After being married for 20 years or more, you and your spouse have realized you are not a good match for each other. While you are looking forward to being single, you are also worried about your financial future.
At your spouse’s request, you stayed home to take care of your children. While you worked part-time after your youngest left the nest, you do not have a retirement account.
After being married for a few decades, you worry about your financial future
Without retirement income to look forward to, you are looking at a future where you may have to return to work or even live with one of your children. This is not something you want to do.
Your soon-to-be-former spouse has accumulated a large nest egg composed of retirement benefits and stocks. Should you expect your spouse to make spousal support payments? Or should you have this put into the divorce papers?
Are you entitled to half of your spouse’s retirement benefits?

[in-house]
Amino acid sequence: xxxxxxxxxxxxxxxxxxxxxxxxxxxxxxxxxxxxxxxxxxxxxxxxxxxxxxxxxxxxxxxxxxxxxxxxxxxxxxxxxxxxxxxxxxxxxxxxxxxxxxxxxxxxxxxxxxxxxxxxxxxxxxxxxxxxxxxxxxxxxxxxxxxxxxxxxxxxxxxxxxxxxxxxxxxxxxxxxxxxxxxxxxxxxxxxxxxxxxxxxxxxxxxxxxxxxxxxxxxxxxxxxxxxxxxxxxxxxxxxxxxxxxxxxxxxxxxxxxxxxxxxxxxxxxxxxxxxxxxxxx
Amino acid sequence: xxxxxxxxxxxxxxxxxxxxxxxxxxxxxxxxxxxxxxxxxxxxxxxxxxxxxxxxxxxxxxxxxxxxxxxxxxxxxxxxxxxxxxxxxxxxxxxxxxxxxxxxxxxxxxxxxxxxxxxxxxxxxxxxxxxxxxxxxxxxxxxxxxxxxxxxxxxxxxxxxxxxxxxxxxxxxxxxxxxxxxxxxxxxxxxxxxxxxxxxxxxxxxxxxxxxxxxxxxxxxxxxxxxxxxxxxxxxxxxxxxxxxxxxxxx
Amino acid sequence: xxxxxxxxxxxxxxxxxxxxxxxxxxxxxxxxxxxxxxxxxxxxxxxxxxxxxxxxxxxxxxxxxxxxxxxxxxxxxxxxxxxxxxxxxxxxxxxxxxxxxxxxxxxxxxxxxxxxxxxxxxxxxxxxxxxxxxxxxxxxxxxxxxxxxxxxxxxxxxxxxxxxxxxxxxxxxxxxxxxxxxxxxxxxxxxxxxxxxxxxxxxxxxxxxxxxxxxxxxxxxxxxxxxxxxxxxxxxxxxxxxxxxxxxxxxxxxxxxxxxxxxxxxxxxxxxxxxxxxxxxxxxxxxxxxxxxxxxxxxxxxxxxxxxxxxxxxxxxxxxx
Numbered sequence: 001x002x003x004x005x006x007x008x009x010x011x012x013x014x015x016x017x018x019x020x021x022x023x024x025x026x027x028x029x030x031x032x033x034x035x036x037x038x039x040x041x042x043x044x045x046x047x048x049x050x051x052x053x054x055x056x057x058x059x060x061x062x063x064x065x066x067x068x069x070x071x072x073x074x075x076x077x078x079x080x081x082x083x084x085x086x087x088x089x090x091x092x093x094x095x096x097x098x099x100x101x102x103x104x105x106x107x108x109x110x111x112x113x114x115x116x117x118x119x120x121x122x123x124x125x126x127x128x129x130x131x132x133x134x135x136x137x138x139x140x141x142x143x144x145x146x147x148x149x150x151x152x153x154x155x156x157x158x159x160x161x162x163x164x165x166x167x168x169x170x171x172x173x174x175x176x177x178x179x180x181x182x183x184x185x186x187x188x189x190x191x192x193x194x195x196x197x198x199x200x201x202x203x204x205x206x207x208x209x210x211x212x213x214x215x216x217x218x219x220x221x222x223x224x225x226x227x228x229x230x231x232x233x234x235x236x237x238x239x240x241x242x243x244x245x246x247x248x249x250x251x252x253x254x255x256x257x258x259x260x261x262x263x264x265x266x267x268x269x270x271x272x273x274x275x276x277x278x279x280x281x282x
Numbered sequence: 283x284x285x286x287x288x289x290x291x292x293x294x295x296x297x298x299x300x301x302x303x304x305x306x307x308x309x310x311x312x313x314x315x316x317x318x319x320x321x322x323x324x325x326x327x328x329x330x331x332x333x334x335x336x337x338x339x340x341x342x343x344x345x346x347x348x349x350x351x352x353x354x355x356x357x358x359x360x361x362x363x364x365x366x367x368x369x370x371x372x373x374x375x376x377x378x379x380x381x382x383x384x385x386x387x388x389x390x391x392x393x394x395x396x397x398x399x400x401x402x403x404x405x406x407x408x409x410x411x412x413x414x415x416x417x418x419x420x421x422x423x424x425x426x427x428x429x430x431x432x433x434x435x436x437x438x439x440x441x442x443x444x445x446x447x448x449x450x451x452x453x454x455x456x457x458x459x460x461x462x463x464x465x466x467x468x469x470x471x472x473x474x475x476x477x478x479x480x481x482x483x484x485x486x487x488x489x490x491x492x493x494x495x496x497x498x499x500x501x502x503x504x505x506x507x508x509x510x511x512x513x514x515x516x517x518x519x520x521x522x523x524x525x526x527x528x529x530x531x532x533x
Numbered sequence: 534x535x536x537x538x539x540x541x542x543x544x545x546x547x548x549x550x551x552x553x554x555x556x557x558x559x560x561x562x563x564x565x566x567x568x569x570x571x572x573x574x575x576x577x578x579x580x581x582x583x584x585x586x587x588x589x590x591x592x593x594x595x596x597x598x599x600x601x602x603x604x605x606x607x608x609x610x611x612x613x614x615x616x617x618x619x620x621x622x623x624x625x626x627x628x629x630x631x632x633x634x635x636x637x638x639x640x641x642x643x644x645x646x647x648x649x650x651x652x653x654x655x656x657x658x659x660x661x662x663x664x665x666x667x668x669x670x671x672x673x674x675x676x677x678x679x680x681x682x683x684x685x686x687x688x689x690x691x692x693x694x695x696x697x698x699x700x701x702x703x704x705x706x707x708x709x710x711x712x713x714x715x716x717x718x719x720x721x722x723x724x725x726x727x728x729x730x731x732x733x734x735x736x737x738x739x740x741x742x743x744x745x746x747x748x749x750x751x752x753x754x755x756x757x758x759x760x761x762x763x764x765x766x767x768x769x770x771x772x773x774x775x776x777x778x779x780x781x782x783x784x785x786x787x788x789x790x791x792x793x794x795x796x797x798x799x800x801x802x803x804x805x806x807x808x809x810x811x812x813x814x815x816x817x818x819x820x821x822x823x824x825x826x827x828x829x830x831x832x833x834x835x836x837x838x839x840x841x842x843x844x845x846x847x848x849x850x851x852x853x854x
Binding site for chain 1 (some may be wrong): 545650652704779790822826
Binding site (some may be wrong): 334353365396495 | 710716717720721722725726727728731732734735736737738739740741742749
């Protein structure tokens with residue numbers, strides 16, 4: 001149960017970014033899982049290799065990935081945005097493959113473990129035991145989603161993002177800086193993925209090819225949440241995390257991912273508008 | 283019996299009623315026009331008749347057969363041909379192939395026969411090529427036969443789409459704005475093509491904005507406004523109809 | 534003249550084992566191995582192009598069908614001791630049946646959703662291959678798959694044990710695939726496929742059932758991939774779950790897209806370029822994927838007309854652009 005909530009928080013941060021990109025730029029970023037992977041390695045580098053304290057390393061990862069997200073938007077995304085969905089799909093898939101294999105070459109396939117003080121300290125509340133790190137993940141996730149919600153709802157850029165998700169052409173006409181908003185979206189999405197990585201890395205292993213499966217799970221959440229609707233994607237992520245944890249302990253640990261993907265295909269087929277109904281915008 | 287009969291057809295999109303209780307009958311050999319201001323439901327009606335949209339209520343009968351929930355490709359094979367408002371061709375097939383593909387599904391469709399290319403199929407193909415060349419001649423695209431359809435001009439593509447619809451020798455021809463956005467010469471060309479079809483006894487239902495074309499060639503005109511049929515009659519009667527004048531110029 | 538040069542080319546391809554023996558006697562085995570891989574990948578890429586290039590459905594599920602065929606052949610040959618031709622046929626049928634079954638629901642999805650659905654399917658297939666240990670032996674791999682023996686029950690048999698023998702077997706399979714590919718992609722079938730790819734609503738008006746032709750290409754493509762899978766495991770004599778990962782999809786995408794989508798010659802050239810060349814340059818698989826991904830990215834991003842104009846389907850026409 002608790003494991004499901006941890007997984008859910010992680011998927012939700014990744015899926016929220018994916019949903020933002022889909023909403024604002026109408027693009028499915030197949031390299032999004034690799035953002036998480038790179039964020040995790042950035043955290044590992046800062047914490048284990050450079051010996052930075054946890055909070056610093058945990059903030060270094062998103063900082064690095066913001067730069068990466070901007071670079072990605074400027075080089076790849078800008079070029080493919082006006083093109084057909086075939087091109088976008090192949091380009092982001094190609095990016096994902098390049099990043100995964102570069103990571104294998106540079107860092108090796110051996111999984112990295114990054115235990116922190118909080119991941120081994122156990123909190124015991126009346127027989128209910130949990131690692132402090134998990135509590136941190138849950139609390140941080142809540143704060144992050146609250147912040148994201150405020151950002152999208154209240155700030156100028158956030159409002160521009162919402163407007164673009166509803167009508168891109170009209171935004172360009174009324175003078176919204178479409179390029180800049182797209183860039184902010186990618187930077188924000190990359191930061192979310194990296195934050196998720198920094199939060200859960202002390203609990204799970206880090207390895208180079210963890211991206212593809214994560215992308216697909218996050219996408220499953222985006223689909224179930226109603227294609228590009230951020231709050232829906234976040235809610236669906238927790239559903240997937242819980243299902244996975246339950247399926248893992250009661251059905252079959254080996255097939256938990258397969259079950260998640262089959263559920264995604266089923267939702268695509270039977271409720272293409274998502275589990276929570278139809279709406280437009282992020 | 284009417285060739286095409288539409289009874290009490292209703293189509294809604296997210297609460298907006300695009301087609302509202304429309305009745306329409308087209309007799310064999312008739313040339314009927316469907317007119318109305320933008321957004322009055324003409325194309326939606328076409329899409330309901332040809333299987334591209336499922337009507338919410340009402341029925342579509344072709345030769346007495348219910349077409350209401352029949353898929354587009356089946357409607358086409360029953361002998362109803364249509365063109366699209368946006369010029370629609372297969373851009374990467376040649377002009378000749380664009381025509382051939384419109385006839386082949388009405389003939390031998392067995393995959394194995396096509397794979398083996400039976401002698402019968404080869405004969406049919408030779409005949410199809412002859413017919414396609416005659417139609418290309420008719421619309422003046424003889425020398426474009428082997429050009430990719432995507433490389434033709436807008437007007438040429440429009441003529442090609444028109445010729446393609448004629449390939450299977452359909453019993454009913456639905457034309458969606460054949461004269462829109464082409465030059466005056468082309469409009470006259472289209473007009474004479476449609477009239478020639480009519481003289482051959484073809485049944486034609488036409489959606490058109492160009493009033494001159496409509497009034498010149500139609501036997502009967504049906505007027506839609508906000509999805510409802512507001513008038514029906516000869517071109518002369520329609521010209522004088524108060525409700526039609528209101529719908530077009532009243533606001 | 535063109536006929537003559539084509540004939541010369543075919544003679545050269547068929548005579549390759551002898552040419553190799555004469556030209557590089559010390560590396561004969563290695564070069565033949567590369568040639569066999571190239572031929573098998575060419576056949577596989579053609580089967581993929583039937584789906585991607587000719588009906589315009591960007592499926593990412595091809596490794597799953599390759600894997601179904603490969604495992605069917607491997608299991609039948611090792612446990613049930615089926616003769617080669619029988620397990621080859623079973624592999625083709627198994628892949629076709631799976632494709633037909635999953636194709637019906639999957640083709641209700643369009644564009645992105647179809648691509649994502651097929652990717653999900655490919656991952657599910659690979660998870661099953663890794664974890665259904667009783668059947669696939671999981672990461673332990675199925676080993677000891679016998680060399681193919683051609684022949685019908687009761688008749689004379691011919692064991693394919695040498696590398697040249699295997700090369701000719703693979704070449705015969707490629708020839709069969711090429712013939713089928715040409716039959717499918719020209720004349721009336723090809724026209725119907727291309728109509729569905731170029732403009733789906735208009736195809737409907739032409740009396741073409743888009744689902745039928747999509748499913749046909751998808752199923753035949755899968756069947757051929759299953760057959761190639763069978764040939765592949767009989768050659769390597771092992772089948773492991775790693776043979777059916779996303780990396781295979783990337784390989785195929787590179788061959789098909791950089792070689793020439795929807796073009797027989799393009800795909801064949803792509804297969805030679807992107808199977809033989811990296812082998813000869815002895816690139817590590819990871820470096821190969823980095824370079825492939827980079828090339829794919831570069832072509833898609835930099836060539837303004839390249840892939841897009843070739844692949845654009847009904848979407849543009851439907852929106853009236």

Because Ohio is not a community property state, marital property may be divided in what is called “equitable distribution.” State law allows you to make a claim to some of your spouse’s retirement benefits.
In community property states, every piece of property and income that was acquired during a marriage, including retirement funds, will be equally divided.
What a QDRO means for you
“QRDO” means “Qualified Domestic Relations Order.” This is an order delivered by a court, allowing a former spouse to collect funds from a former spouse’s retirement account.
This order also describes how the former spouse’s retirement assets should be divided between the spouse for whom the retirement plan was created and their former spouse. If the retirement plan is covered by the Employee Retirement Income Security Act, this language is a requirement.